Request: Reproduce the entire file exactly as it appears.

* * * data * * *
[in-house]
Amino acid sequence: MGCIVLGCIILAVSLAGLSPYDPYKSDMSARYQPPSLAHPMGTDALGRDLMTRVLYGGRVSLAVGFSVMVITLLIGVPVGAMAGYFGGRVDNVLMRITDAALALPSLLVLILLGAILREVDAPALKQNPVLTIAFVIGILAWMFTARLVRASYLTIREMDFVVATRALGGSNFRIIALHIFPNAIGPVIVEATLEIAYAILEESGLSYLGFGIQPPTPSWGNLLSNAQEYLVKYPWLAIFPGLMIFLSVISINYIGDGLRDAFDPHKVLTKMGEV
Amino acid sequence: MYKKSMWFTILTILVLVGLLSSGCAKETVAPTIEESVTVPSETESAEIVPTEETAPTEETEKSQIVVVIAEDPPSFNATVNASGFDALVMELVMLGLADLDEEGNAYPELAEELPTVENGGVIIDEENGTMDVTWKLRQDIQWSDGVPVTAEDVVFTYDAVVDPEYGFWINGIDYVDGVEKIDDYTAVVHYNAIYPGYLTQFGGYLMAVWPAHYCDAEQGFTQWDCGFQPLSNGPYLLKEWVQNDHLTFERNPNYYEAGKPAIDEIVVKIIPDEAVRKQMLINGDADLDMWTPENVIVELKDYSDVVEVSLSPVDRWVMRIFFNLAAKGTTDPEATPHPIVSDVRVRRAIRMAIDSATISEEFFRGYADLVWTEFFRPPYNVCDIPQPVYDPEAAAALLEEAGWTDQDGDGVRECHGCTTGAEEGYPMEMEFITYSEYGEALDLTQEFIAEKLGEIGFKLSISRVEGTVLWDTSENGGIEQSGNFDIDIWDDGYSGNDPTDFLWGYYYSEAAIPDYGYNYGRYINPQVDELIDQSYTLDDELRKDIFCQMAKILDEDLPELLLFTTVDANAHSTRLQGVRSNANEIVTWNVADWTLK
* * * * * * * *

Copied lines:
[in-house]
Amino acid sequence: MGCIVLGCIILAVSLAGLSPYDPYKSDMSARYQPPSLAHPMGTDALGRDLMTRVLYGGRVSLAVGFSVMVITLLIGVPVGAMAGYFGGRVDNVLMRITDAALALPSLLVLILLGAILREVDAPALKQNPVLTIAFVIGILAWMFTARLVRASYLTIREMDFVVATRALGGSNFRIIALHIFPNAIGPVIVEATLEIAYAILEESGLSYLGFGIQPPTPSWGNLLSNAQEYLVKYPWLAIFPGLMIFLSVISINYIGDGLRDAFDPHKVLTKMGEV
Amino acid sequence: MYKKSMWFTILTILVLVGLLSSGCAKETVAPTIEESVTVPSETESAEIVPTEETAPTEETEKSQIVVVIAEDPPSFNATVNASGFDALVMELVMLGLADLDEEGNAYPELAEELPTVENGGVIIDEENGTMDVTWKLRQDIQWSDGVPVTAEDVVFTYDAVVDPEYGFWINGIDYVDGVEKIDDYTAVVHYNAIYPGYLTQFGGYLMAVWPAHYCDAEQGFTQWDCGFQPLSNGPYLLKEWVQNDHLTFERNPNYYEAGKPAIDEIVVKIIPDEAVRKQMLINGDADLDMWTPENVIVELKDYSDVVEVSLSPVDRWVMRIFFNLAAKGTTDPEATPHPIVSDVRVRRAIRMAIDSATISEEFFRGYADLVWTEFFRPPYNVCDIPQPVYDPEAAAALLEEAGWTDQDGDGVRECHGCTTGAEEGYPMEMEFITYSEYGEALDLTQEFIAEKLGEIGFKLSISRVEGTVLWDTSENGGIEQSGNFDIDIWDDGYSGNDPTDFLWGYYYSEAAIPDYGYNYGRYINPQVDELIDQSYTLDDELRKDIFCQMAKILDEDLPELLLFTTVDANAHSTRLQGVRSNANEIVTWNVADWTLK